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China heeds Kissinger's advice on Taiwan call

US ex-diplomat urged Xi to take wait-and-see approach to Trump

TOKYO -- U.S. President-elect Donald Trump recently held a historic 12-minute telephone conversation with Taiwanese President Tsai Ing-wen.

Trump called Tsai "president" and congratulated her on assuming the leadership of Taiwan during the conversation. He later said on Twitter, "The President of Taiwan CALLED ME today to wish me congratulations on winning the presidency. Thank you!"

It was the first known conversation between a U.S. president or president-elect and the leader of Taiwan since the U.S. established official diplomatic ties with China and severed ties with the island in 1979. The phone chat was unexpectedly disclosed by both Trump and Tsai.

In China, the call is seen as a big blunder by Beijing, which failed to forestall the conversation despite keeping a close watch on Taiwan. The Chinese government appears to have been caught off guard by the development, which had been unthinkable under the administration of U.S. President Barack Obama.

The Trump team maintains that it has been assured of close ties between the U.S. and China in the areas of economy, politics and security. While the conversation with Tsai drew criticism, Trump responded on Twitter, "Interesting how the U.S. sells Taiwan billions of dollars of military equipment but I should not accept a congratulatory call."

As part of its basic strategy against Taiwan, China has been gradually narrowing the island's range of international participation on a long-term basis. For example, Taiwan was recently shut out of the International Civil Aviation Organization under pressure from China.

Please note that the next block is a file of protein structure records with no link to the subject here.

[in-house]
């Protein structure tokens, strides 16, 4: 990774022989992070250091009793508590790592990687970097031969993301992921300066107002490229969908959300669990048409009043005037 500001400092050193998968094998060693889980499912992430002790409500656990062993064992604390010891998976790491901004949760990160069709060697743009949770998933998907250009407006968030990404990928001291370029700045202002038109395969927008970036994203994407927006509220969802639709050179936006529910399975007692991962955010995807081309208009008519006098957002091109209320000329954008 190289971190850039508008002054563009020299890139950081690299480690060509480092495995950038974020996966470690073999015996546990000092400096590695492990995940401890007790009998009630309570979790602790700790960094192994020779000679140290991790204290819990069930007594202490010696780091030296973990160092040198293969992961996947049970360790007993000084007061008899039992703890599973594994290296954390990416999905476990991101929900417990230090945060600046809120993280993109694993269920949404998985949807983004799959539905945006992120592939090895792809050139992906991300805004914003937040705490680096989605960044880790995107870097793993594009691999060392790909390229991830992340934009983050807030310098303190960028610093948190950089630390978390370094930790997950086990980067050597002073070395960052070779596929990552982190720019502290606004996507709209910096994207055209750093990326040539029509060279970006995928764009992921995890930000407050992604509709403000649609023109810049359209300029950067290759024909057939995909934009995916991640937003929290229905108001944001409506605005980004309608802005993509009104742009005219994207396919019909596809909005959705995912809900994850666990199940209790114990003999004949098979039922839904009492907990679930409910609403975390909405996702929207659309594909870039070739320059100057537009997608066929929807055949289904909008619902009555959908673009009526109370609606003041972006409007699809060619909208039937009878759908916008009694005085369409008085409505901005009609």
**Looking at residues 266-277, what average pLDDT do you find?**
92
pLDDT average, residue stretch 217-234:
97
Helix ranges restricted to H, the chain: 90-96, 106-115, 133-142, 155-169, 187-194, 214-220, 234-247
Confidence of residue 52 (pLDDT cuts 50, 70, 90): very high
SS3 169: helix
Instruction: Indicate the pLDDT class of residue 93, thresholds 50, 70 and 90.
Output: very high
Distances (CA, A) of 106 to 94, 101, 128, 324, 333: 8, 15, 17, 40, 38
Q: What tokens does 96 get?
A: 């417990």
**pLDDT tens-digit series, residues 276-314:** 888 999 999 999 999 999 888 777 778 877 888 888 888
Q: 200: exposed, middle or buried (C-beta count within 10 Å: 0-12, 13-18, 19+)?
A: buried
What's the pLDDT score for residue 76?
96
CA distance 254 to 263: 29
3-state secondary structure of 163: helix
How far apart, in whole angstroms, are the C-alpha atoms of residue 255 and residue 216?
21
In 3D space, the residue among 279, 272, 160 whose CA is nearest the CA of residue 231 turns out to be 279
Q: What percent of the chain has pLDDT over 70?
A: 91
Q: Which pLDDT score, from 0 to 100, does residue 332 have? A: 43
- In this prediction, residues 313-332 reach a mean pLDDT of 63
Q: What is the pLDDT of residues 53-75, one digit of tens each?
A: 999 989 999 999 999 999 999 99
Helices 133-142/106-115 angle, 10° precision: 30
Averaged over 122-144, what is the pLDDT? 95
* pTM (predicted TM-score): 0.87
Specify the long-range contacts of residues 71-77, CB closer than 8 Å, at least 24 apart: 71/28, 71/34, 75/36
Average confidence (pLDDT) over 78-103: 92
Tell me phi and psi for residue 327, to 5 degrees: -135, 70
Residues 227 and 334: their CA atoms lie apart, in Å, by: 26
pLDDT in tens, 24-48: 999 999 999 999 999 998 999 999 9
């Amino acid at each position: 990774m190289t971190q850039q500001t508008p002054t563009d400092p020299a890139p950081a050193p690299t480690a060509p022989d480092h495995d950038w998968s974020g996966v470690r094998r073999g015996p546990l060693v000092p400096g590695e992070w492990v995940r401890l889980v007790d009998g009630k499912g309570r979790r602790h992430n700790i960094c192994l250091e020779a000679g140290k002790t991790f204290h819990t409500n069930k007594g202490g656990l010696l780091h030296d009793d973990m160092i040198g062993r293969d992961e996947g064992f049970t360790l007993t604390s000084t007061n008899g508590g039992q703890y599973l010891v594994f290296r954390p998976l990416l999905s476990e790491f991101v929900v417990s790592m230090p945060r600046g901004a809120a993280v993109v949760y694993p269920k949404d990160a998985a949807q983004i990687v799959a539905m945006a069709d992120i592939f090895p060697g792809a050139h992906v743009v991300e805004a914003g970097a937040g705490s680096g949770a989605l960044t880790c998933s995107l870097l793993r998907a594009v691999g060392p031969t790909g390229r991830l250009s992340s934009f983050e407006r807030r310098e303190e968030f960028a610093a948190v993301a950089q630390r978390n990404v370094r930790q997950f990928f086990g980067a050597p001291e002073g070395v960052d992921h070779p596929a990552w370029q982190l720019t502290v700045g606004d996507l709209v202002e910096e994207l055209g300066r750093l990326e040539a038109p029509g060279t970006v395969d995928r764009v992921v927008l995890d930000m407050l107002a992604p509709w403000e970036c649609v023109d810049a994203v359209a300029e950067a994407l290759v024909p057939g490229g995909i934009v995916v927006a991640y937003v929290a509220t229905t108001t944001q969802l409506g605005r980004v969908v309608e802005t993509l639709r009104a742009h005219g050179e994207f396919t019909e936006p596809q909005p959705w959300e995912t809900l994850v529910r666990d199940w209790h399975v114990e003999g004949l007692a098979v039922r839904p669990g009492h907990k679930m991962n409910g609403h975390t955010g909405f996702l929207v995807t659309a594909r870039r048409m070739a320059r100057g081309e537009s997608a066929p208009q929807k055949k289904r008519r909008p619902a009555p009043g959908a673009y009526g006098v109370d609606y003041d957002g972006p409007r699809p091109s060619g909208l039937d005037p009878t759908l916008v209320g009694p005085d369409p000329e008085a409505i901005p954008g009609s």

But Trump has thrown a wrench into China's strategy. Coming before his assumption of office, the call with Tsai was carefully timed to not upset the conventional mechanisms of U.S.-China relations. Japanese Prime Minister Shinzo Abe reportedly met Tsai in Tokyo before the Taiwanese presidential election, but Trump proved more shrewd.

Weak reaction

China should be outraged by Trump's unexpected move. Intriguingly, however, its reaction has been extremely weak, compared with in the past.

China's official reaction was a statement by Foreign Minister Wang Yi, who said the telephone call was a "little trick" by Taiwan that will not change the "One China" principle that has been accepted by the international community. Coming in response to a question at a press conference on the day after the Trump-Tsai chat, the remark was unusual in that it criticized Tsai and stressed China's position but did not criticize Trump.

Former U.S. Secretary of State Henry Kissinger offers a clue about how to understand China's enigmatic reaction. The 93-year-old diplomatic strategist visited Beijing before the controversial call and gave advice to Chinese President Xi Jinping, who is struggling with how to deal with Trump. Xi listened attentively to Kissinger.